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I’ve been struggling lately, and when that happens my first reaction is to be really hard on myself. Which leads to me feeling generally inadequate; then questioning what I’m doing and why I’m so hard on myself; and then finally telling myself that I should be hard on myself because that’s the only way I’ll get better. Oh what a tangled web we weave!
Now I’m thinking that this cycle is pointless (and the result of too much overthinking). While it’s great to evaluate yourself and make improvements based on those evaluations, sometimes you just have to back up and be thankful, and give yourself permission to be okay with where you are now.
So today, I’m not thinking about where I should be. I’m being thankful for where I am now. Hope you are too. xo
The windows are open, the breeze is stirring, and the anxiously-anticipated summer is creeping into my household. Being that it’s the first summer in three years that I’m not sidetracked by schoolwork, I thought I’d take a quick break from the scheduled Asia-recap programming to share my summer to-do list.
- Have a picnic (Crossed off today, above, in the field outside a local high school. I felt like I was 16 again!)
- Go paddle boarding
- Eat at a food truck
- Listen to this album on repeat
- Eat dinner in my backyard at least once a week
- Catch a fish
- Eat tomato sandwiches with tomatoes from my garden (thanks to this wonderful woman, of course!)
- Take bike rides outside
- Dance at an outdoor concert
- Take evening walks with my husband
- Watch this documentary and read this book
- And, as always, lie on the beach as much as possible
What’s on your to-do list this summer? xo
Months of determination and days of stomach-knotted nerves take time to come undone. When I crossed the start line Saturday, the emotions were welling up inside of me. Just the sight of my Dad’s proud smile, all the way across a corral full of people, was enough to put tears in my eyes. There was so much anticipation, so much build-up, so much shock and pride and hope at what was to come that I feared I wouldn’t have the focus to take on the task at hand. I had to mentally separate myself from the emotion of the marathon in order to take on the physical part of it.
It probably seems silly, feeling that emotional about a race. But for me, it wasn’t just a race but the culmination of a goal 15 years in the making, from when I took the first steps away from being someone who feared running and started to make my way into someone who found refuge in it. Sometime around age 17 I wrote a list of life goals in my journal and hesitated to include the marathon, because I didn’t think it was attainable. I wrote it down anyway, and kept it in the back of my mind in the subsequent decade as I abandoned and returned to running time and time again.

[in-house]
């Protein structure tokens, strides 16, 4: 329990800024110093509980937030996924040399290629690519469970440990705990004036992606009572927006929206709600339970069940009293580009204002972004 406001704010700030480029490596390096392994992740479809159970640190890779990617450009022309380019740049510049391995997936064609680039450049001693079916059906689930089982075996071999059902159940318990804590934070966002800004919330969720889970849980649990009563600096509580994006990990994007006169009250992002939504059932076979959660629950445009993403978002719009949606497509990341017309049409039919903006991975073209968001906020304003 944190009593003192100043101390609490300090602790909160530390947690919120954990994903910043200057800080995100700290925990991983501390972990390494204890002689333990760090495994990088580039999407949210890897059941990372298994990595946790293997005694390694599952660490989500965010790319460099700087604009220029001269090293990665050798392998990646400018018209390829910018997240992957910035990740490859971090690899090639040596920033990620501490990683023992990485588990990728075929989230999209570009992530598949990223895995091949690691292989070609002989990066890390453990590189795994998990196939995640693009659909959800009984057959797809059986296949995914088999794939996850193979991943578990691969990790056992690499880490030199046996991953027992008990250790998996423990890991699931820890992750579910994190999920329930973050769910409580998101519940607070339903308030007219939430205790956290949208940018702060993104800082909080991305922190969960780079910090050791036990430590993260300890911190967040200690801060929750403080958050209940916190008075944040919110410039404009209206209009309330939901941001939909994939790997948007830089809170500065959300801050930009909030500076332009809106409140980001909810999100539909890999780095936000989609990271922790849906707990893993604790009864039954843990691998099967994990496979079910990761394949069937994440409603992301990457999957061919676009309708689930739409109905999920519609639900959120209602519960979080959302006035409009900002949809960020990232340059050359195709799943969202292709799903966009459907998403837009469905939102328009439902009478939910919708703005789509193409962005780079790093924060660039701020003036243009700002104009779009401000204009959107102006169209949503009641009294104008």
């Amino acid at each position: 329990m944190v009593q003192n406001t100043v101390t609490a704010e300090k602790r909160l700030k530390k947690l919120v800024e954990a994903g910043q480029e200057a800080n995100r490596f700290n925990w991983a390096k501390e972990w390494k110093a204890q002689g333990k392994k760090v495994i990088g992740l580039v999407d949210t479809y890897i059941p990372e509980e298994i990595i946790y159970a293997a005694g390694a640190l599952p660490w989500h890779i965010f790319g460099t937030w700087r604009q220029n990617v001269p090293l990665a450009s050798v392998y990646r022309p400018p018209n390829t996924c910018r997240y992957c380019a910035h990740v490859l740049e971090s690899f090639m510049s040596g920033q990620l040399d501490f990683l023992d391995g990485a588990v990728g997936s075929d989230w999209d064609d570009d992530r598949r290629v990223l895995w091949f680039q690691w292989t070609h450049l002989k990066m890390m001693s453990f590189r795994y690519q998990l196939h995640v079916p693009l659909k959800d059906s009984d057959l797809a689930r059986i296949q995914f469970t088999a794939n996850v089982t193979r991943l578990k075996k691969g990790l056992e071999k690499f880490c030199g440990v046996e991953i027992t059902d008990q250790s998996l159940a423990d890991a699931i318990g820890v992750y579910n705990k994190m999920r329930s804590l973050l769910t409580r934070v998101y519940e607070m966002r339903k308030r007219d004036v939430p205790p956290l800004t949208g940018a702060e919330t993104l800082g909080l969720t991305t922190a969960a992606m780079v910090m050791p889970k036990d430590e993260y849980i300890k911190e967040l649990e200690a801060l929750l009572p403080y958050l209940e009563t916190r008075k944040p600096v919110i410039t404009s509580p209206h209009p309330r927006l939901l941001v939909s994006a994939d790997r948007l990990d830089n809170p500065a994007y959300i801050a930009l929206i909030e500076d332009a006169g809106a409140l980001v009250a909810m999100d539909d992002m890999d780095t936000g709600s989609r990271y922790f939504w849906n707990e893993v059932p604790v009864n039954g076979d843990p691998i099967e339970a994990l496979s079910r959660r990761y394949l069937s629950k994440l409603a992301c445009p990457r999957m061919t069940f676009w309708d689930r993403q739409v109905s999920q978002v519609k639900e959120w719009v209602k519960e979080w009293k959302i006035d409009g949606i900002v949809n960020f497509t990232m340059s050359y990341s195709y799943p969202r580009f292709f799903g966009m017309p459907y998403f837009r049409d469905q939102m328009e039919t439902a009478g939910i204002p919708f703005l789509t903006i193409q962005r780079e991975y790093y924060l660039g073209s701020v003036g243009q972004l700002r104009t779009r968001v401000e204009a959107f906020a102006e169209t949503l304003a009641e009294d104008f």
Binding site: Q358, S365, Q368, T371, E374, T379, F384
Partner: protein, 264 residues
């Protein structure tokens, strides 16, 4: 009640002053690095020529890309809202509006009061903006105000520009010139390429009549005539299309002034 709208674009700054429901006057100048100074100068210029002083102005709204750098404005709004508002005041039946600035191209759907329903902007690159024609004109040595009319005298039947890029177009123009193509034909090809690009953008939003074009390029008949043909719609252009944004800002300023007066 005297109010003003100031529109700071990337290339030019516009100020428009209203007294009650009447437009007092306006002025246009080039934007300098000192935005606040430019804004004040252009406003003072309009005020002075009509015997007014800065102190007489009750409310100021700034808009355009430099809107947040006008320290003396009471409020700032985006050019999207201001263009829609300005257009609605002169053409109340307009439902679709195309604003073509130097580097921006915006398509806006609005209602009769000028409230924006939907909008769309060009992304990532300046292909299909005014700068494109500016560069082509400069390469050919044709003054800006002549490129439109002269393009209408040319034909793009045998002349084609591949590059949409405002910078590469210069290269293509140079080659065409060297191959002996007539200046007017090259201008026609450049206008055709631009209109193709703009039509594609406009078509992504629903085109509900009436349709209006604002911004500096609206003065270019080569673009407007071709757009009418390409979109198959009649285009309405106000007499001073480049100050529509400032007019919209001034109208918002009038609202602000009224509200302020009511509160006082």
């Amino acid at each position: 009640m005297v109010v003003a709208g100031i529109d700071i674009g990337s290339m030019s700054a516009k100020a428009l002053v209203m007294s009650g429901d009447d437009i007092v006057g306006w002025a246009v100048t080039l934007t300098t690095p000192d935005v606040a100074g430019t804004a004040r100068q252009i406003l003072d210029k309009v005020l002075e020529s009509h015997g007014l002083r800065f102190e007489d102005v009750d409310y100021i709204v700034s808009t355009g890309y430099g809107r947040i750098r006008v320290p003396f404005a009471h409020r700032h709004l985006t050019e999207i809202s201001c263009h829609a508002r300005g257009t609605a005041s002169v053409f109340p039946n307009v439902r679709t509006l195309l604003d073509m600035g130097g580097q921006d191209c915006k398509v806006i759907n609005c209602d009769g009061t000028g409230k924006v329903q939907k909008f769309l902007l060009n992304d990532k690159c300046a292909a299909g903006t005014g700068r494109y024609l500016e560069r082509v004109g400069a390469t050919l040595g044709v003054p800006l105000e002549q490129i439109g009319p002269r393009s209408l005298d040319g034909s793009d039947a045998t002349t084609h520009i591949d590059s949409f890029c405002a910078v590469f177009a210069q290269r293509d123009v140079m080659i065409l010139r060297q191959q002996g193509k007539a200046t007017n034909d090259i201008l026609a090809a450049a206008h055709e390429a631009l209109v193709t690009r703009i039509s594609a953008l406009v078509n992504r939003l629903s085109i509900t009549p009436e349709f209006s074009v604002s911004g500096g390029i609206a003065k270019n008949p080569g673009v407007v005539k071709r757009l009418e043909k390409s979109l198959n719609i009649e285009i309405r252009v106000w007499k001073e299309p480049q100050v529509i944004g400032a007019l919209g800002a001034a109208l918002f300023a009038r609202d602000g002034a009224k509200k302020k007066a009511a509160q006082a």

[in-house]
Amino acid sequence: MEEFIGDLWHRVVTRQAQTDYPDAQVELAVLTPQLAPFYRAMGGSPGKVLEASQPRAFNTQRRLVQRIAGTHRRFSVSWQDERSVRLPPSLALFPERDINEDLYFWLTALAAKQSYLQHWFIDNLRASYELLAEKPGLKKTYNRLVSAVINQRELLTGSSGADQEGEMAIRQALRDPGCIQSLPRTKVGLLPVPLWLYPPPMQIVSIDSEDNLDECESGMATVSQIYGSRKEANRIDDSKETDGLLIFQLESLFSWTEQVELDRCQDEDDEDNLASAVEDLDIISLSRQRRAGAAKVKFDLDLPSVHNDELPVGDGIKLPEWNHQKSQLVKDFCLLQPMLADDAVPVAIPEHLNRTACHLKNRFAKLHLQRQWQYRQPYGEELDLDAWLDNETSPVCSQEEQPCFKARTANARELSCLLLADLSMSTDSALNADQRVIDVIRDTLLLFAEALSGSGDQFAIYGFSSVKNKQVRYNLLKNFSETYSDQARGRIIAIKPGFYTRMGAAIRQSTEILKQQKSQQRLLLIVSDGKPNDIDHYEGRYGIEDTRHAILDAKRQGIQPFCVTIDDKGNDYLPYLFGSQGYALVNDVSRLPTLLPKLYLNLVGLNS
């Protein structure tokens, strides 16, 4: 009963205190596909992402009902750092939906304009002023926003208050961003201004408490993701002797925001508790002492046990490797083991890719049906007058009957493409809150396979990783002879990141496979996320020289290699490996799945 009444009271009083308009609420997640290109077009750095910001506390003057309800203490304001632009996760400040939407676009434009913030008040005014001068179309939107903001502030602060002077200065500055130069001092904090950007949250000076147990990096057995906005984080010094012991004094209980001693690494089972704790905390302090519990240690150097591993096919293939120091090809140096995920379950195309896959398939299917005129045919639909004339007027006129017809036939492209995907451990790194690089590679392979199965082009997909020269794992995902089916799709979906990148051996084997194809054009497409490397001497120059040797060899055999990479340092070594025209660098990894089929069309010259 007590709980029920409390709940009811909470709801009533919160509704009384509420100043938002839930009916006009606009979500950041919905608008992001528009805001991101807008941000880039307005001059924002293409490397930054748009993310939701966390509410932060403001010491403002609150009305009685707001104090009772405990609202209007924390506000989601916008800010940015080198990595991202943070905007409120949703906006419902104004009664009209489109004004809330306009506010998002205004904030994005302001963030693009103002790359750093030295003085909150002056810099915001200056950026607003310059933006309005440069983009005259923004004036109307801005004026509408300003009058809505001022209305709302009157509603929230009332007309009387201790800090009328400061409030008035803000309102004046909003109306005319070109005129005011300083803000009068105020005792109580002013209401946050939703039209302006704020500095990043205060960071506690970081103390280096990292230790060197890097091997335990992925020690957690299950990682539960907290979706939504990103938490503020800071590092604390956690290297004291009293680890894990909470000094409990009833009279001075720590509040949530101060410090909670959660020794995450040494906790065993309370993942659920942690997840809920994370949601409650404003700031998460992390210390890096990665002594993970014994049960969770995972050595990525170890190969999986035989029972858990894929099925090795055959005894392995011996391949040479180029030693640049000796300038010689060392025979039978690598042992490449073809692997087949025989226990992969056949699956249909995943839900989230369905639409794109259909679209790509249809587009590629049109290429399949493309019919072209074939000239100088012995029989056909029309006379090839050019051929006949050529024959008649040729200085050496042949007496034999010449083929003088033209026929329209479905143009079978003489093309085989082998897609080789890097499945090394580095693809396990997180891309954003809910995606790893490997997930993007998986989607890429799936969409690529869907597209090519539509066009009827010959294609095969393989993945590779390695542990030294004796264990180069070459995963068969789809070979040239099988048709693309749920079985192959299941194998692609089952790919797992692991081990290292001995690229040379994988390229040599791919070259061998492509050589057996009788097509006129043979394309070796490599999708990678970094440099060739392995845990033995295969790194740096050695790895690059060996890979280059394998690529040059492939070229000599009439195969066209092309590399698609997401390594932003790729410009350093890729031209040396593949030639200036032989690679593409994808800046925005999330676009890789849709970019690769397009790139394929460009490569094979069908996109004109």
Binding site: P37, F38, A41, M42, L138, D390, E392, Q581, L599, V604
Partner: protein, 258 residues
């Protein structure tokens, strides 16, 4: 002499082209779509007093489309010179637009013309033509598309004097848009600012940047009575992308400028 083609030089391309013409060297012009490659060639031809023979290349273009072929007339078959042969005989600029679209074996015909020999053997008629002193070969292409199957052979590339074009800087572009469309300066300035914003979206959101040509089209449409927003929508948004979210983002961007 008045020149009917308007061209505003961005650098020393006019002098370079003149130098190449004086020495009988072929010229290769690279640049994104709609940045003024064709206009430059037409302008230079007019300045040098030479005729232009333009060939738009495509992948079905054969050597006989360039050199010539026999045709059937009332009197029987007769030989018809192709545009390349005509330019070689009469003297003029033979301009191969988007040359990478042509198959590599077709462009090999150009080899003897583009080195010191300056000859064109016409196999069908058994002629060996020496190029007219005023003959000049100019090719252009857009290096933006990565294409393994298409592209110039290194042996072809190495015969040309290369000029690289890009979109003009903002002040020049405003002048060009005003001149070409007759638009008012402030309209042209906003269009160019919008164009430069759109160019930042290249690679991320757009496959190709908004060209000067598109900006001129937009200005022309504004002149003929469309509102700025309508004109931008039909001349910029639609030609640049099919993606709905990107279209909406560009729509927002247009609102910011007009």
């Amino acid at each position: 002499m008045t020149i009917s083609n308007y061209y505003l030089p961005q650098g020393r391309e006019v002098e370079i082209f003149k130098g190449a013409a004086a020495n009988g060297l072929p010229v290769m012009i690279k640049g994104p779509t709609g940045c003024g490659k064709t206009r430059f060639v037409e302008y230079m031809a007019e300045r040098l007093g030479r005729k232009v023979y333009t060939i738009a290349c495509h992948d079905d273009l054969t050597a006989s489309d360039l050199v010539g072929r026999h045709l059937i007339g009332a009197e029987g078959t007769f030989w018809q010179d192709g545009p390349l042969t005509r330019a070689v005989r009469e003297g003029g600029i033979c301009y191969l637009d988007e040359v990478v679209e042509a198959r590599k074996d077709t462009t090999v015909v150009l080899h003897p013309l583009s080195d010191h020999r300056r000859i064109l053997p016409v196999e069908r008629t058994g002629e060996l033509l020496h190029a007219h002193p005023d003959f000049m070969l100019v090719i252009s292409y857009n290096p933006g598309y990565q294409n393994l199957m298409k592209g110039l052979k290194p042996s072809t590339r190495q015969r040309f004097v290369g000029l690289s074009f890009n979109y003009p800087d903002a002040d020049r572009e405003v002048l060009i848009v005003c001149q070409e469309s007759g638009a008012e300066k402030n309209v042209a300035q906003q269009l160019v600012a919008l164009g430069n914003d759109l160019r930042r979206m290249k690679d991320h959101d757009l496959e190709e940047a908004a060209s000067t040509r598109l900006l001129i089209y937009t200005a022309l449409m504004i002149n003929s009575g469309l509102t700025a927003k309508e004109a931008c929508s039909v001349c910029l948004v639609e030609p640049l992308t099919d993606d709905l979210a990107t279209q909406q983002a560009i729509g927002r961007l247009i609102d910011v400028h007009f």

The beginnings of resolve finally crept into my head this fall, with twinges and pangs that said the time is now. I still didn’t trust that I could do it, but I printed out the training program anyway and left it on my desk at work. I told Scott and he, mercifully, was game for the challenge. A few weeks later, and another friend had signed up for the ride. Now there were people to answer to. We had found ourselves a team.
For four and a half months, there were early mornings and late evenings and Saturdays spent with our soles on the road. There was chafing and foam rolling and begrudging rain checks for Friday happy hours. But mostly, there was a camaraderie on our team that made it all seem doable. When it comes down to it, meeting any goal is as simple as breaking that goal down into steps, and then making a decision each day to take the steps to get you there. While it certainly isn’t always easy to take those steps, it’s a lot easier—and even fun—when others are taking them with you. When I was scared for a long run I’d think of it as a long outside catch-up with friends, and then it didn’t seem so scary.
18 weeks go by fast. Suddenly I was standing in my corral line and my parents were there with signs and omigosh, it was really happening. The 13-year-old girl who was among the slowest at field hockey tryouts was about to run a marathon. It took me until mile 4 or 5 to calm down my emotions and get into a rhythm that, along with the hearty spectators and our awesome support team, carried me until mile 25. Then I realized I was really going to make it. Pride swelled, tears came and I started to lose my breath. I was by myself at that point and just wanted to let those emotions go, but I knew I had to keep them in check if I wanted to maintain my pace. I took deep breaths and calmed those emotions again. I forced everything back and crossed the finish line.
Three days later, those emotions are starting to resurface. But now instead of pushing them away I’m sitting with them, reveling them, and enjoying the thrill of accomplishing a lifelong goal.
I could tell you about my nerves, but then I’d just get more nervous. So instead I’m reading this and trying to visualize victory. Wish me luck!!
I know, I know, it isn’t Shalane Flanagan. I’m surprised too. But while it may seem strange to have a piece of ambiguous plastic as a best friend, let me assure you that it’s not what you think. It’s not an extremely large piece of packing material (although I do see the resemblance). It’s also not, as some people have suggested, the stray part from a piece of Ikea furniture, although now that I think of it, there does always seems to be one of those…or at least there is when I’m putting the furniture together.